“Amazon is a multinational corporation and makes a lot of profit here and abroad, which will be taxed at a much lower rate under Trump's tax law,” said Steve Rosenthal, a senior fellow at the Tax Policy Center, a nonpartisan think tank. “The big picture is Amazon expects to make lots of profits, and the U.S. slashed its corporate tax rate both domestically and internationally.”

The president regularly goes after the online retail giant, but his claims aren't always valid. (Video: Meg Kelly/The Washington Post)

The GOP tax law did take steps that will increase taxes on Amazon, or at least reduce its tax breaks, eliminating a manufacturing deduction and requiring multinational companies to repatriate overseas profits. Jeffrey Hoopes, a tax expert at the University of North Carolina at Chapel Hill, warned against making premature judgments about the tax law's impact on Amazon specifically.

Some critics add that Trump has other means at his disposal to tackle Amazon's largesse, including directing the Justice Department to beef up antitrust enforcement action or pushing Congress to amend federal law governing online sales taxes.

“Under the current interpretation of antitrust laws, Amazon seems to be getting a free pass,” Lina Khan, an antitrust expert at the Open Markets Institute, told NPR. “What they are supposed to prevent is a company that enjoys a dominant footprint in one area of the market, using that footprint to leverage its way into other markets, and so I think that's the area where Amazon potentially should be facing scrutiny.”

Amazon did not immediately respond to a request for comment about potential antitrust action, but conservative think tanks have argued that trying to break up Amazon would hurt competition and discourage business investment. Top antitrust experts at the University of California at Berkeley and the Wharton School at the University of Pennsylvania have also expressed skepticism about using existing statutes to break up Amazon.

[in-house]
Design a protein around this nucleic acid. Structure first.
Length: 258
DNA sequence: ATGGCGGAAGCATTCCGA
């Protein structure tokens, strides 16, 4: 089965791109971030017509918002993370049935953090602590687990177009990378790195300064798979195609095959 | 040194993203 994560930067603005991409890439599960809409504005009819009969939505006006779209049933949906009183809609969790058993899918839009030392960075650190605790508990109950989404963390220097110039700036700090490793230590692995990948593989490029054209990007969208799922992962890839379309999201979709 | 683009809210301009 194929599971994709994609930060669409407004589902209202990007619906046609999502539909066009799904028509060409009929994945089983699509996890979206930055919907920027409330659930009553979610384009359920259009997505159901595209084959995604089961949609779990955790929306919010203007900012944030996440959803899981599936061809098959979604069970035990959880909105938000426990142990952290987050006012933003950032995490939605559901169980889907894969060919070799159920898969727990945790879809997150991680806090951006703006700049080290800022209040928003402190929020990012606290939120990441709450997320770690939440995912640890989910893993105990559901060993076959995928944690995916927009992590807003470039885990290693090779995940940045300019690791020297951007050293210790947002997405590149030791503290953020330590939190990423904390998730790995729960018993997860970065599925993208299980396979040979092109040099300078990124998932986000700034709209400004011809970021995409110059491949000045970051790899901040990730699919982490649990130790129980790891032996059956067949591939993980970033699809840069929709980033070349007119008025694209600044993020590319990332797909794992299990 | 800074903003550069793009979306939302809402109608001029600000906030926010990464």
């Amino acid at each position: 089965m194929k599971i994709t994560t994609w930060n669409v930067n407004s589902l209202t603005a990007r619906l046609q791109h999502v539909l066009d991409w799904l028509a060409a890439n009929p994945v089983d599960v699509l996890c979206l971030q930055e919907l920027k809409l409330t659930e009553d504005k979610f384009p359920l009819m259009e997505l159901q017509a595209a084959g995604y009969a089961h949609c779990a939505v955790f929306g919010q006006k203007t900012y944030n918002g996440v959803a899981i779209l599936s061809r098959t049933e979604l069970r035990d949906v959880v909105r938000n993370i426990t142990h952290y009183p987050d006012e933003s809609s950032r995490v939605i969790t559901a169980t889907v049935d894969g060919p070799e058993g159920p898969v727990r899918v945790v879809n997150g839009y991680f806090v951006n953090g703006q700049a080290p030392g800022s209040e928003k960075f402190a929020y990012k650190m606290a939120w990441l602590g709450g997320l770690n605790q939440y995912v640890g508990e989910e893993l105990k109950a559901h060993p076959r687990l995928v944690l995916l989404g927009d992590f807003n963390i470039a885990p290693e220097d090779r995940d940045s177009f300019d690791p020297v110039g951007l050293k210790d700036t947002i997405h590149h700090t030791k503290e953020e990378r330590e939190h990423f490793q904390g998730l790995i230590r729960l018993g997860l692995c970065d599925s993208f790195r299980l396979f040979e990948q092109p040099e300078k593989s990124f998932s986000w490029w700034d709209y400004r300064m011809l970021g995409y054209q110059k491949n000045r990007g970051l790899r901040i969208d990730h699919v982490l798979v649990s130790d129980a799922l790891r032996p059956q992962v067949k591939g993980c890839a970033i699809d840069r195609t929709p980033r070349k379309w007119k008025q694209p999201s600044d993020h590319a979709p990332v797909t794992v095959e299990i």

Despite Trump's complaints, Amazon started paying sales taxes in 2017 in most states after setting up warehouses across the country to expedite its delivery times. But Amazon does not collect sales taxes on goods sold by third-party vendors, and several big cities in seven states still are not collecting sales taxes at the same level as from local brick-and-mortar retailers, according to a report by the Institute on Taxation and Economic Policy, a left-leaning think tank. “There is little logic in asking consumers who prefer to shop at local businesses to pay more toward funding public services than consumers who shop via their laptops or smartphones,” the report said.

Amazon and other companies Trump has attacked since elected president

FILE - In this Oct. 18, 2010 file photo, an package awaits delivery from UPS in Palo Alto, Calif. Amazon on Thursday, March 13, 2014 said it is raising the price of its popular Prime membership to $99 per year, an increase of $20. It's the first price increase since the online retailer introduced its Prime membership program in 2005. T(AP Photo/Paul Sakuma, File)